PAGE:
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So I have an issue mainly about performance, since I can actually output the expected result but it takes long time. I am looking for better ways to do the following which lead to faster implementation.

The issue is to fill nulls in a pandas DataFrame row-wise, but considering a start and end index for each column (so the objective is not to fill the entire column, but only between the provided indexes)

Example:

We start by defining our dataframe to be filled and another with the indexes for each row

a = pd.DataFrame(index=range(3), columns=range(10))
values = {0: [3, 7], 1: [2, 4], 2: [1, 5]}
for k, v in values.items():
    a.iloc[k, v] = 1

b = pd.DataFrame({'start': [1, 2, 1], 'end': [7,6,8]})


>>>a
     0    1    2    3    4    5    6    7    8    9
0  NaN  NaN  NaN    1  NaN  NaN  NaN    1  NaN  NaN
1  NaN  NaN    1  NaN    1  NaN  NaN  NaN  NaN  NaN
2  NaN    1  NaN  NaN  NaN    1  NaN  NaN  NaN  NaN

>>>b
   start  end
0      1    7
1      2    6
2      1    8

Expected result (end index is non inclusive)

    0    1  2  3  4  5    6    7   8   9
0 NaN  0.0  0  1  0  0  0.0  1.0 NaN NaN
1 NaN  NaN  1  0  1  0  NaN  NaN NaN NaN
2 NaN  1.0  0  0  0  1  0.0  0.0 NaN NaN

At the moment I created a function that take a zip of each dataframe rows and performs a fillna on the row and returns its values back, and then I recreate the dataframe

def _fill_slice(row_ind, value=0):
    row, ind = row_ind
    row[1].iloc[int(ind[0]):int(ind[1])].fillna(value, inplace=True)
    return row[1].values

>>>pd.DataFrame(map(_fill_slice, zip(a.iterrows(), b.values)))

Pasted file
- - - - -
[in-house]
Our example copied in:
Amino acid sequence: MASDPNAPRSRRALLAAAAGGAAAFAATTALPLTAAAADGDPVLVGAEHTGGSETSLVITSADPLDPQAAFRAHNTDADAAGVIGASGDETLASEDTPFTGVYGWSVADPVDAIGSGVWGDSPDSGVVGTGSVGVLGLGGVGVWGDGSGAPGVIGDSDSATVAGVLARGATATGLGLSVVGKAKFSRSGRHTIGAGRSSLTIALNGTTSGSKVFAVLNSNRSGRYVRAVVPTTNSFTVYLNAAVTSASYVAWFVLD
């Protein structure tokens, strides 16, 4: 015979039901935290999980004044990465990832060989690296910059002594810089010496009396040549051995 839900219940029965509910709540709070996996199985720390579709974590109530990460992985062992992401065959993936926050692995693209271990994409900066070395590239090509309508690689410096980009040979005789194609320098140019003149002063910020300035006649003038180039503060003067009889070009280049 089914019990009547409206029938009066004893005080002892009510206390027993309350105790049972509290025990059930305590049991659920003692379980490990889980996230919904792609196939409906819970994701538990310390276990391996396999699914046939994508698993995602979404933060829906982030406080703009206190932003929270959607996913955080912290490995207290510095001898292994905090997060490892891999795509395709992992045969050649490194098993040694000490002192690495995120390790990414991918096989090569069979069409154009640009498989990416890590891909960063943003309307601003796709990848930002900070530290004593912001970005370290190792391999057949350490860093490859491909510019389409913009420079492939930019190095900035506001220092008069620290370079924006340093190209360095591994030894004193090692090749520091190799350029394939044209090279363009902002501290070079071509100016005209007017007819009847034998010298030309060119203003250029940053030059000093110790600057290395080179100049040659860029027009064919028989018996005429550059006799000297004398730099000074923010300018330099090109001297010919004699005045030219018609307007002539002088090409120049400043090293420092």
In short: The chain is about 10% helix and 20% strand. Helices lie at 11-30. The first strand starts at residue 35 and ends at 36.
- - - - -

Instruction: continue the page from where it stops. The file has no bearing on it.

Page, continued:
0    1  2  3  4  5    6    7   8   9
0 NaN  0.0  0  1  0  0  0.0  1.0 NaN NaN
1 NaN  NaN  1  0  1  0  NaN  NaN NaN NaN
2 NaN  1.0  0  0  0  1  0.0  0.0 NaN NaN

This allows me to send rows into a multiple processes through imap later

pd.DataFrame(pool.imap(_fill_slice, zip(a.iterrows(), b.values), chunksize=chunksize))

At the moment my performance is at 15min for ~4M rows, but I feel there should be a better way to do this.

One solution I am going to try is to group similar starts and ends and pass chunks of the dataset at each time. Another possibility is run two loops with the above chunking idea, filling everything up to the end indexes and then putting back the np.nan up to the start indexes. This could possibly reduce the number of overall iterations.

Any other idea out there? Thanks in advance.

1

Here's one to leverage broadcasting + masking -

s = b.start.values
e = b.end.values
R = np.arange(a.shape[1])
a.values[a.isnull().values & (s[:,None]<=R) & (e[:,None]>R)] = value
| improve this answer | |
  • Will try. It seems great. I had thought of numpy implementation but was uneasy with it. Thanks – TPereira Mar 24 at 16:47
  • Ok, this will help a lot for sure. I just made a subsample of the dataset with 1/3 of the rows and this is the result: Old way: 323.95781993865967 Numpy way: 0.311892032623291 – TPereira Mar 24 at 17:03
  • Thanks a lot. Accepted ;) – TPereira Mar 24 at 17:03
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here is another way with pandas , of course not as efficient as numpy though:

s = b.agg(tuple,1).map(lambda x: range(*x)).explode().to_frame()
a = a.fillna(s.assign(val=0).set_index(0,append=True)['val'].unstack(0))

print(a)

     0    1  2  3  4  5    6    7    8    9
0  NaN    0  0  1  0  0    0    1  NaN  NaN
1  NaN  NaN  1  0  1  0  NaN  NaN  NaN  NaN
2  NaN    1  0  0  0  1    0    0  NaN  NaN
| improve this answer | |

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